It is a pleasure to open this debate under your chairmanship, Mr Dobbin. My contribution will not be terribly lengthy, which will enable other hon. Members to intervene or contribute, and to hear the Minister. I would like to start by referring to an e-mail that was sent to me recently. Knowing that I had secured this debate, quite a number of people got in touch with and wrote to me, as they feel so strongly about zero-hours contracts.
One gentleman who got in touch explained his life, saying that he lives to work and enjoys work, and wants to feel good about himself and perhaps own a house one day. He is signed up with an agency and has had various problems. Anyway, the agency felt that it could get him a job as a refuse collector. He has written me a long e-mail, explaining how he has turned up for work only to be turned away. He has had the odd day here and there, and he feels that the situation is like something from many years ago, where someone turns up not knowing whether he will be given work. He said that, when it started, he was “a little annoyed”, but “confused more than anything”. He said there were
“about 50 lads in that day and only 40 had work.”
“It just carries on like this. I have been here two months now, and only ever had one full week; to cover a holiday, it looks like. And you daren’t take a sick day; not like I would anyway if it could be helped…you would just lose your place and start at the bottom of the pile.”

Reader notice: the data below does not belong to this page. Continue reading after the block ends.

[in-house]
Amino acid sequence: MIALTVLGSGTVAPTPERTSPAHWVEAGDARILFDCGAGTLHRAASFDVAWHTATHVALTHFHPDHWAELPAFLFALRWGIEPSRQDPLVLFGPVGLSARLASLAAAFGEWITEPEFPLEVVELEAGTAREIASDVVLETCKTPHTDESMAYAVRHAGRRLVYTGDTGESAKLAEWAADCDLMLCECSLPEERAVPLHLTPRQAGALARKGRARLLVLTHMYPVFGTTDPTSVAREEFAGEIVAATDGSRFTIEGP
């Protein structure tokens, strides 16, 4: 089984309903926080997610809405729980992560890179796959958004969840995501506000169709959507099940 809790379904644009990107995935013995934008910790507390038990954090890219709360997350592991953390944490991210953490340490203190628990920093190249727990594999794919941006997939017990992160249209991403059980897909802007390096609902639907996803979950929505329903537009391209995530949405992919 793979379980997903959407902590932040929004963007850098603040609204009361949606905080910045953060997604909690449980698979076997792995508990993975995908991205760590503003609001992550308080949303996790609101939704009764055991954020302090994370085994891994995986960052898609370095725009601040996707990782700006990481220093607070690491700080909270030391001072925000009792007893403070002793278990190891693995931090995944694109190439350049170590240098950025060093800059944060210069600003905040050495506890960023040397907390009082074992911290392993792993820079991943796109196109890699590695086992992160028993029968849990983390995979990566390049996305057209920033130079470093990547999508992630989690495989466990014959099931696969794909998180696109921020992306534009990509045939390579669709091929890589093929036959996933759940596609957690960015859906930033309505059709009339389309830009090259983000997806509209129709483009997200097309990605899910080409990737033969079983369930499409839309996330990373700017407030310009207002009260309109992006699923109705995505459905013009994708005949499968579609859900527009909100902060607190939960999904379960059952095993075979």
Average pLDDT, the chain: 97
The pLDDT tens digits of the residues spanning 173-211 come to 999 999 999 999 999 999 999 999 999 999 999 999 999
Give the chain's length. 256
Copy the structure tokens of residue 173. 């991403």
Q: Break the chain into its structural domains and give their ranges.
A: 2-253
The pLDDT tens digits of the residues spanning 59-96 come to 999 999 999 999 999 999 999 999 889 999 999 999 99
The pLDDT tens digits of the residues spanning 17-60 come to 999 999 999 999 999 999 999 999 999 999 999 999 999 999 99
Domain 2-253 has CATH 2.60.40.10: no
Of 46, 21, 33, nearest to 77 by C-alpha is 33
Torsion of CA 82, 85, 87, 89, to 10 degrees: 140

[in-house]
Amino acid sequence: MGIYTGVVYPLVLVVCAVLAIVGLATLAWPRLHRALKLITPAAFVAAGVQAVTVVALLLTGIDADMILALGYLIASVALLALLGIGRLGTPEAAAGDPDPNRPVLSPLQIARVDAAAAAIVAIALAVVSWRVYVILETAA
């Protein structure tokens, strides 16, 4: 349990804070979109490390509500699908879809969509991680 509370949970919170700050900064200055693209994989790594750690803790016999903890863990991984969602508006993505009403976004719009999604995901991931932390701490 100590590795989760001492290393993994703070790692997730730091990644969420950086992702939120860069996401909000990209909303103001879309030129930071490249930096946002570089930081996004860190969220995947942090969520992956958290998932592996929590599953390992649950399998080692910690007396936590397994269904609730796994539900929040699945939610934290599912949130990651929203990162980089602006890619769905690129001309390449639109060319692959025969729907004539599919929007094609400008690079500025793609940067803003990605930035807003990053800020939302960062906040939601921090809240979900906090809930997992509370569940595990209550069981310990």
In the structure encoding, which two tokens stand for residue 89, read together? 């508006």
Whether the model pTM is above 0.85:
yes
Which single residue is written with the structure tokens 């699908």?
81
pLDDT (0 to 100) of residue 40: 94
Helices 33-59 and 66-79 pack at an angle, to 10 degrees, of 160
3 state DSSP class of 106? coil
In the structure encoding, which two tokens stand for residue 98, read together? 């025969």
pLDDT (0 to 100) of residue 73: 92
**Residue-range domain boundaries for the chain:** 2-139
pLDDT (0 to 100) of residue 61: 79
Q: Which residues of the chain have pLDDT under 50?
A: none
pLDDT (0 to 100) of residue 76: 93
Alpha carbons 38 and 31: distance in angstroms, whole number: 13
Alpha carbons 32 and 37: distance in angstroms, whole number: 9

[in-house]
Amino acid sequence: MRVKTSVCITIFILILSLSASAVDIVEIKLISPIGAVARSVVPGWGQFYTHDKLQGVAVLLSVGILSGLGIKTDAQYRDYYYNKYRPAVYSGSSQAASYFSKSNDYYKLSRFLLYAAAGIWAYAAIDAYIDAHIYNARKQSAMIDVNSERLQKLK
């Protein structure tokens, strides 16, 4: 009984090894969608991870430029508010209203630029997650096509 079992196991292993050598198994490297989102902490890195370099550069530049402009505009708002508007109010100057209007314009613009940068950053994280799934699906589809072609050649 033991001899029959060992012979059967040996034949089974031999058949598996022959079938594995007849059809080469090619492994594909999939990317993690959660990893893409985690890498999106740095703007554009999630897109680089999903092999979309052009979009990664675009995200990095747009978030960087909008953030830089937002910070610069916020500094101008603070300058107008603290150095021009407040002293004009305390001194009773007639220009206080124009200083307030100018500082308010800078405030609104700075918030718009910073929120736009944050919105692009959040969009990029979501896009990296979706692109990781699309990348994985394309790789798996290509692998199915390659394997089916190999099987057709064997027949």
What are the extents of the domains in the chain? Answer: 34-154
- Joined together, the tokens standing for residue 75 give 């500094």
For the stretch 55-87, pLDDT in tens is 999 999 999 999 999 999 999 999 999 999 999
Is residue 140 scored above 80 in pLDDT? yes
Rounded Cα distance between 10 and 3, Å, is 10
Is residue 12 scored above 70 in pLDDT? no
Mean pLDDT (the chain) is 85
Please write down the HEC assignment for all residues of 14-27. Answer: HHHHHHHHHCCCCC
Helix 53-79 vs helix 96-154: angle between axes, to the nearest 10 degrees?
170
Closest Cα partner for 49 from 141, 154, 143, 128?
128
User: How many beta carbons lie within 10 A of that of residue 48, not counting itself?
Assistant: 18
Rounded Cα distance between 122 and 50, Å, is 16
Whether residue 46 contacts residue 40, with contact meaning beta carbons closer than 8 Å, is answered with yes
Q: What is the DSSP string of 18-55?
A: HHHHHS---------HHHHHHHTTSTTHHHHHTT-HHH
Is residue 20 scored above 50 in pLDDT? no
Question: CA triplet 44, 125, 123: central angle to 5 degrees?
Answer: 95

Reading that, as I did last night, brought it all back to me as to why my hon. Friend Luciana Berger, my right hon. Friend Mr Howarth and I started a campaign and a discussion on zero-hours contracts last summer. I will go on to talk about the numbers of people whom we do not know are on zero-hours contracts.
The issue is about people who are facing a difficulty in the workplace. It is about how that makes them feel. The indignity of feeling useless through unemployment is very bad, and we must never let up on our passion to get people into work and see the difference. However, it is no better to feel the indignity of turning up for work and being turned away. Zero-hours contracts can be used to make people feel as if their efforts are for no good at all and that they are not wanted. The issue is not just a fact of economics, but a moral question about how people are made to feel by certain features of our labour market. That is why we need real action. I want to say a couple of things about understanding the phenomenon of zero-hours contracts; about what the Government are or are not doing, and what they might be doing; and about such contracts as a symptom of other developments in the labour market.
Regarding counting, the Office for National Statistics said that the most recent labour force survey suggests that there are close to 600,000 people—I think the exact figure is 582,000—on zero-hours contracts in the United Kingdom. That is up from its previous estimate earlier this year of around 250,000. We knew that there was a problem with the survey’s counting of zero-hours contracts, because in a parliamentary response to me, the Minister of State, Department of Health, who has responsibility for care, explained that a national survey of care workers estimated that more than 300,000 people working in social care were on zero-hours contracts. There cannot be 300,000 people on zero-hours contracts in the care sector when there are only 250,000 nationally across all sectors. Therefore we knew that there was a problem, and now the ONS has said that there is.